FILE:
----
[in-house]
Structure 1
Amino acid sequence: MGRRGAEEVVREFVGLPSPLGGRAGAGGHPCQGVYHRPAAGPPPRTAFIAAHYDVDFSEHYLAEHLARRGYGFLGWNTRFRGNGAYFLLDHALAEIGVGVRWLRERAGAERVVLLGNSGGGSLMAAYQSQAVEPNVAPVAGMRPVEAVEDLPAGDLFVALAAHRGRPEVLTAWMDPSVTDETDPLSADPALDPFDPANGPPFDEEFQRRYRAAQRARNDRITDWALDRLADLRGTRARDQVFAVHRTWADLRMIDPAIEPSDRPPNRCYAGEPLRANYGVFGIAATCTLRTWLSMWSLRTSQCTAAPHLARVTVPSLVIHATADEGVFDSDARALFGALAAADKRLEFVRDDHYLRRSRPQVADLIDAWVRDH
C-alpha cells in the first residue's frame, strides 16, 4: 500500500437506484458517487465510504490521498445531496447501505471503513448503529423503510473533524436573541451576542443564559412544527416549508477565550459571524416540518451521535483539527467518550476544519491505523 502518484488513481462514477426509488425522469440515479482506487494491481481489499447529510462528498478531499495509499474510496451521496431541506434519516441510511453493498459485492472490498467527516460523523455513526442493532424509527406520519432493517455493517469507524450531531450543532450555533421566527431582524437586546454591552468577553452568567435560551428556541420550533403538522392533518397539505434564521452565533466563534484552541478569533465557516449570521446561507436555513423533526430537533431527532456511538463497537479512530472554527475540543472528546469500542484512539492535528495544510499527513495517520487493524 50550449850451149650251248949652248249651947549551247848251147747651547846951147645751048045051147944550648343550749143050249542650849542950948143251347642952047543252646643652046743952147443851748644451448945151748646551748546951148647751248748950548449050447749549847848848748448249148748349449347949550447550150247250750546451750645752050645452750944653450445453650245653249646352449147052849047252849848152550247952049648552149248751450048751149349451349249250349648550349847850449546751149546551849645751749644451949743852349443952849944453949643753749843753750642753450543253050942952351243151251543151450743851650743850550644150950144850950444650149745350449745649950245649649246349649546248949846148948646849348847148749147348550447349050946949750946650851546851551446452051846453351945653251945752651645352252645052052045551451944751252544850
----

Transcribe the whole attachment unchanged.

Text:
[in-house]
Structure 1
Amino acid sequence: MGRRGAEEVVREFVGLPSPLGGRAGAGGHPCQGVYHRPAAGPPPRTAFIAAHYDVDFSEHYLAEHLARRGYGFLGWNTRFRGNGAYFLLDHALAEIGVGVRWLRERAGAERVVLLGNSGGGSLMAAYQSQAVEPNVAPVAGMRPVEAVEDLPAGDLFVALAAHRGRPEVLTAWMDPSVTDETDPLSADPALDPFDPANGPPFDEEFQRRYRAAQRARNDRITDWALDRLADLRGTRARDQVFAVHRTWADLRMIDPAIEPSDRPPNRCYAGEPLRANYGVFGIAATCTLRTWLSMWSLRTSQCTAAPHLARVTVPSLVIHATADEGVFDSDARALFGALAAADKRLEFVRDDHYLRRSRPQVADLIDAWVRDH
C-alpha cells in the first residue's frame, strides 16, 4: 500500500437506484458517487465510504490521498445531496447501505471503513448503529423503510473533524436573541451576542443564559412544527416549508477565550459571524416540518451521535483539527467518550476544519491505523 502518484488513481462514477426509488425522469440515479482506487494491481481489499447529510462528498478531499495509499474510496451521496431541506434519516441510511453493498459485492472490498467527516460523523455513526442493532424509527406520519432493517455493517469507524450531531450543532450555533421566527431582524437586546454591552468577553452568567435560551428556541420550533403538522392533518397539505434564521452565533466563534484552541478569533465557516449570521446561507436555513423533526430537533431527532456511538463497537479512530472554527475540543472528546469500542484512539492535528495544510499527513495517520487493524 50550449850451149650251248949652248249651947549551247848251147747651547846951147645751048045051147944550648343550749143050249542650849542950948143251347642952047543252646643652046743952147443851748644451448945151748646551748546951148647751248748950548449050447749549847848848748448249148748349449347949550447550150247250750546451750645752050645452750944653450445453650245653249646352449147052849047252849848152550247952049648552149248751450048751149349451349249250349648550349847850449546751149546551849645751749644451949743852349443952849944453949643753749843753750642753450543253050942952351243151251543151450743851650743850550644150950144850950444650149745350449745649950245649649246349649546248949846148948646849348847148749147348550447349050946949750946650851546851551446452051846453351945653251945752651645352252645052052045551451944751252544850